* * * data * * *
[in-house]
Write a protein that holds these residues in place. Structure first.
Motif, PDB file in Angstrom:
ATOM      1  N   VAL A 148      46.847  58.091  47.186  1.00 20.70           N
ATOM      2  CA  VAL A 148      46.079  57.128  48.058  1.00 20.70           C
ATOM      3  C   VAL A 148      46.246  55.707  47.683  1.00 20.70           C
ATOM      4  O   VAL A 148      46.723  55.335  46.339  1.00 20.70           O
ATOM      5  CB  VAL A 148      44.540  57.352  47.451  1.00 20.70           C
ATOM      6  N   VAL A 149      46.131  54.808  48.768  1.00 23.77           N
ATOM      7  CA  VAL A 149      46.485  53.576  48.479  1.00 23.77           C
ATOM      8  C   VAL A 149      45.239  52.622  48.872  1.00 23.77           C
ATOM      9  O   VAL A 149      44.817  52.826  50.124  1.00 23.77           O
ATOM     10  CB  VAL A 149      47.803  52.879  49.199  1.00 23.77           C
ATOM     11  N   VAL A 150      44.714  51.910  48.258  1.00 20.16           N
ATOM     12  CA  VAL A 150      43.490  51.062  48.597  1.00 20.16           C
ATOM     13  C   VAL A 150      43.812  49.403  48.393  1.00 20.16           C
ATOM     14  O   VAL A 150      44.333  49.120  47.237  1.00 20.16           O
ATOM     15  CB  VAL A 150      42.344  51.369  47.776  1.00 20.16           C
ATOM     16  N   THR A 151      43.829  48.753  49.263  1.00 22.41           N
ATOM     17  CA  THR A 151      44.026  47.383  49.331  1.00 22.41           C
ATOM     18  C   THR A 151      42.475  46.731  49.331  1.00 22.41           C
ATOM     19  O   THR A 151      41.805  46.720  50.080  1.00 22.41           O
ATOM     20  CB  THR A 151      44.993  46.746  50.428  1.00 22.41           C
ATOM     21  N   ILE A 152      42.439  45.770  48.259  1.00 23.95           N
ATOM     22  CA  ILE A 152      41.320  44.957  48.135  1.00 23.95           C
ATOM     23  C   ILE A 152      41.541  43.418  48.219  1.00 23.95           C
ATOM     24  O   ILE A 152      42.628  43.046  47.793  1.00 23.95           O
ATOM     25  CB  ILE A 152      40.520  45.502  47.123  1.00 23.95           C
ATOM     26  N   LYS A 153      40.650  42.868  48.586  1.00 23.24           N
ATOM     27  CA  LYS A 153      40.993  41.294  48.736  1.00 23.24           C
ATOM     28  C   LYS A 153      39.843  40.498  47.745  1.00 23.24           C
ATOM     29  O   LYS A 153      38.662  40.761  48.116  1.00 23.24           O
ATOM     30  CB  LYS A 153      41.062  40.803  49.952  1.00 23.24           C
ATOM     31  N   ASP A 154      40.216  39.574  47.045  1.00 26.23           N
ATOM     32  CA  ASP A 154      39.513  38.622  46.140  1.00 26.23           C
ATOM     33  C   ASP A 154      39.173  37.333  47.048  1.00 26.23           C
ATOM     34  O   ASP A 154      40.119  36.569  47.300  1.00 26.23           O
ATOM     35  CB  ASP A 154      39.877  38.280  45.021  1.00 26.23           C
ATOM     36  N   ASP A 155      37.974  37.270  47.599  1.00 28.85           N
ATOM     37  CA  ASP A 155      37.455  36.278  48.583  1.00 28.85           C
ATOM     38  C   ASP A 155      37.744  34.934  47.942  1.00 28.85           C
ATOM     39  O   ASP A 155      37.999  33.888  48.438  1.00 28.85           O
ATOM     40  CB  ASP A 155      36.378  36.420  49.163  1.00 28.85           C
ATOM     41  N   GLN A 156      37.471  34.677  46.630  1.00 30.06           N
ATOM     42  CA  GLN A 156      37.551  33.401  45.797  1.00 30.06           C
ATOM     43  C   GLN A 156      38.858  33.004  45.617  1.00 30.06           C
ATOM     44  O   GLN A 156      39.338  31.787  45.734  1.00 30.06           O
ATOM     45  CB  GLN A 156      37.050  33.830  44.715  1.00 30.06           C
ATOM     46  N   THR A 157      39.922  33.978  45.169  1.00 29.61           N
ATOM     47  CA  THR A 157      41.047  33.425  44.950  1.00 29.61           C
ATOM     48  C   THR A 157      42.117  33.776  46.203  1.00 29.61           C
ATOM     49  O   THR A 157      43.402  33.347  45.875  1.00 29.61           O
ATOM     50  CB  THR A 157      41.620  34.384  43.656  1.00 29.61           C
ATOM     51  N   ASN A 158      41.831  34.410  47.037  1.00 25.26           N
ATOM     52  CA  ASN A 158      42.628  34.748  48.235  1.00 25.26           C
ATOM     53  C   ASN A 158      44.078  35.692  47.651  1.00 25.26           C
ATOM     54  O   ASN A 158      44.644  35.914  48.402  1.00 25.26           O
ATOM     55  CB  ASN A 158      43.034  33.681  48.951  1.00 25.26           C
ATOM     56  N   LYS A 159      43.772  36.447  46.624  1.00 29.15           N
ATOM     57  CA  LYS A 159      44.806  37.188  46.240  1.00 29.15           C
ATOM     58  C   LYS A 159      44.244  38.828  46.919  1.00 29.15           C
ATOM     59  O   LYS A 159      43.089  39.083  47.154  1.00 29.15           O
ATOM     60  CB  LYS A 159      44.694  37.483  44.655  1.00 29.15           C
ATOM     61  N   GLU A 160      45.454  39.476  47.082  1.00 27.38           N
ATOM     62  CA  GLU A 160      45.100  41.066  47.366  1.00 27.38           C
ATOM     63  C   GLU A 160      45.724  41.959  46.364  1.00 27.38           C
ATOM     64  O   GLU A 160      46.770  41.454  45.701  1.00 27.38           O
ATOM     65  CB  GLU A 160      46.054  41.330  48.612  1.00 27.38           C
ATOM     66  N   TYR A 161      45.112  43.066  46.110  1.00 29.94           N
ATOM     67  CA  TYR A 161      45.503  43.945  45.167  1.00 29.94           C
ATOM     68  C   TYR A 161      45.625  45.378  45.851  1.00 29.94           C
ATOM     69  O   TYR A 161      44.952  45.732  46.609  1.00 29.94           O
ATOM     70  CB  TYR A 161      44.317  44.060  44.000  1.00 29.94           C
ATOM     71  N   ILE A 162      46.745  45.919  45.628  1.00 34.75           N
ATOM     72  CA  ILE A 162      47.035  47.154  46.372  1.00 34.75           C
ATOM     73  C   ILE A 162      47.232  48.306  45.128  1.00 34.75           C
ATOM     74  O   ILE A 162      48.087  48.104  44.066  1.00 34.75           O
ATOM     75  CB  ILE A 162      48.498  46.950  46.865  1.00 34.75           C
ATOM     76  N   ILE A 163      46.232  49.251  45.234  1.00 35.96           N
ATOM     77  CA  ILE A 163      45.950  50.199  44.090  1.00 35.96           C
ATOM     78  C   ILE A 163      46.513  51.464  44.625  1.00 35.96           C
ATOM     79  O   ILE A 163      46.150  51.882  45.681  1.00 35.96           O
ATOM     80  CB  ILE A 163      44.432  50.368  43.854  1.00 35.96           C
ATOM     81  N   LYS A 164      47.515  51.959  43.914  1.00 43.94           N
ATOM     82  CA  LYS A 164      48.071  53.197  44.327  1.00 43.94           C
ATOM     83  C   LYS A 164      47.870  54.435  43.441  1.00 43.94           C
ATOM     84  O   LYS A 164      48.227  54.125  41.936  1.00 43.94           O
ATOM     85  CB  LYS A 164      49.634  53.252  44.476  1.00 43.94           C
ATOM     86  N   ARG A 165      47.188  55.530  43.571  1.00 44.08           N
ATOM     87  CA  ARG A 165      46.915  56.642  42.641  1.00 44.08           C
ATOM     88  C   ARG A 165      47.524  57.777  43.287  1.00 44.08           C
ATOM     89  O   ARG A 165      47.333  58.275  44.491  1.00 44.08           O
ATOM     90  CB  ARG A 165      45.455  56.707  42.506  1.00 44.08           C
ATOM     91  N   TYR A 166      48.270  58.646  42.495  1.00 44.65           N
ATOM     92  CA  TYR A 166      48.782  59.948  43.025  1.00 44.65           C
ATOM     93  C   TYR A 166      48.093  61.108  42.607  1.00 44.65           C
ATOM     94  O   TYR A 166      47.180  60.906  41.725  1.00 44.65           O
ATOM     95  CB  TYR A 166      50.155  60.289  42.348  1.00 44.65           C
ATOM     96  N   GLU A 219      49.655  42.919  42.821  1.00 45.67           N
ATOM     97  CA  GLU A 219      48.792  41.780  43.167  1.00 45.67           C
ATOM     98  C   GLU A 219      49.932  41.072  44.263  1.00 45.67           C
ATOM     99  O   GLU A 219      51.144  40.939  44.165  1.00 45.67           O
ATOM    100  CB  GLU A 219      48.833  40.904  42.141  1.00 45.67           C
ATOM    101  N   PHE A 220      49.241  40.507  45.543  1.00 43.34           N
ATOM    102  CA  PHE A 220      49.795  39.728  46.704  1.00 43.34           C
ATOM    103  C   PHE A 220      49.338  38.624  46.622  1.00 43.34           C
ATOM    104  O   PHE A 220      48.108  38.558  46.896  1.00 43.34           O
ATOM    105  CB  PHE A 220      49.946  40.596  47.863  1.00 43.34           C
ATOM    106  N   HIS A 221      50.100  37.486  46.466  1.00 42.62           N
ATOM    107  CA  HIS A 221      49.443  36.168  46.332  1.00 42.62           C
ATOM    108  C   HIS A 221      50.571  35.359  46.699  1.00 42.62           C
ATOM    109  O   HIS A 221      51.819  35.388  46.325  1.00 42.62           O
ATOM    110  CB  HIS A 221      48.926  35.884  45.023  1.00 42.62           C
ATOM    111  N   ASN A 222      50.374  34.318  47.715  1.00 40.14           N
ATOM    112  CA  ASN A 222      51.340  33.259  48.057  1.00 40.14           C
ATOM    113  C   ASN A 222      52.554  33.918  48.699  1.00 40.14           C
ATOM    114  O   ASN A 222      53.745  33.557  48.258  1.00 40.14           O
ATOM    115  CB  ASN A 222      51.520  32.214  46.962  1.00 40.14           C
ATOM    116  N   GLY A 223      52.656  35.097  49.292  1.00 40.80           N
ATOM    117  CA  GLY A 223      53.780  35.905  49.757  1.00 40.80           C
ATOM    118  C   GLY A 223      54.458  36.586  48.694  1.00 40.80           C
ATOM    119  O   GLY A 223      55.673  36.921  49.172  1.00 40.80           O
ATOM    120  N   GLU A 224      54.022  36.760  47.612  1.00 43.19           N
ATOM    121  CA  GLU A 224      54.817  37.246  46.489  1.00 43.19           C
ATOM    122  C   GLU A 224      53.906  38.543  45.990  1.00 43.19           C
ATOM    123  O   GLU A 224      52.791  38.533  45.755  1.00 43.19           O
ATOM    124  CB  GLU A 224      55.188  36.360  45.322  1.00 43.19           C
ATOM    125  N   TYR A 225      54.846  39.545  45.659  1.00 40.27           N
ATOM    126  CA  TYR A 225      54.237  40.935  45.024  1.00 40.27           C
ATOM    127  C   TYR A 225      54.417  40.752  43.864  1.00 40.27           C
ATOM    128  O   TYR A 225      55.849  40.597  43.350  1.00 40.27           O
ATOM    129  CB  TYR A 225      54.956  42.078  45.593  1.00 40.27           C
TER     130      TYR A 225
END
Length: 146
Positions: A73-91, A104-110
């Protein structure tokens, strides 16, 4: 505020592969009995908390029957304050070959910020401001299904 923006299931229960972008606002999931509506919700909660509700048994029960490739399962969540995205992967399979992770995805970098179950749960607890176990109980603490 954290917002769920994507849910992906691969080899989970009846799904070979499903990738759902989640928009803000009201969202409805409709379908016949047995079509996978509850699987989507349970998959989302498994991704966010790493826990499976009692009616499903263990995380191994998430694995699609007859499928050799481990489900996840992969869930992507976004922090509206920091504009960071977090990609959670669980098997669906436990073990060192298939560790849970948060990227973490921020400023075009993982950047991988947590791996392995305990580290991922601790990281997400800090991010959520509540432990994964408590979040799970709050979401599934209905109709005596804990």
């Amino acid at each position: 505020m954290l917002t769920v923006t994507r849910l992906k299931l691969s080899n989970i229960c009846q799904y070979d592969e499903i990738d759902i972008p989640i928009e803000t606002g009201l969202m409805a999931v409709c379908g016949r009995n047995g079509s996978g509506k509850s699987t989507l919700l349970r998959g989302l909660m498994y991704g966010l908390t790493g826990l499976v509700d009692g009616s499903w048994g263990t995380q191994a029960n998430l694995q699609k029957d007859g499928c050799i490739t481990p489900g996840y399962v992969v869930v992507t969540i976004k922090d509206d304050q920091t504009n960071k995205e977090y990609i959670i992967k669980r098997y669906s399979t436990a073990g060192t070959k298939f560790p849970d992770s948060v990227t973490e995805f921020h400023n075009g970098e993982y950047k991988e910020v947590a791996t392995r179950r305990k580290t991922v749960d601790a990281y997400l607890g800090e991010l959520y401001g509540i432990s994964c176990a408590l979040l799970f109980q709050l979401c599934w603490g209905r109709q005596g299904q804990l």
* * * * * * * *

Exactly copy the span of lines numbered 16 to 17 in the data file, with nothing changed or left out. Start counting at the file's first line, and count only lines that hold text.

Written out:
ATOM     13  C   VAL A 150      43.812  49.403  48.393  1.00 20.16           C
ATOM     14  O   VAL A 150      44.333  49.120  47.237  1.00 20.16           O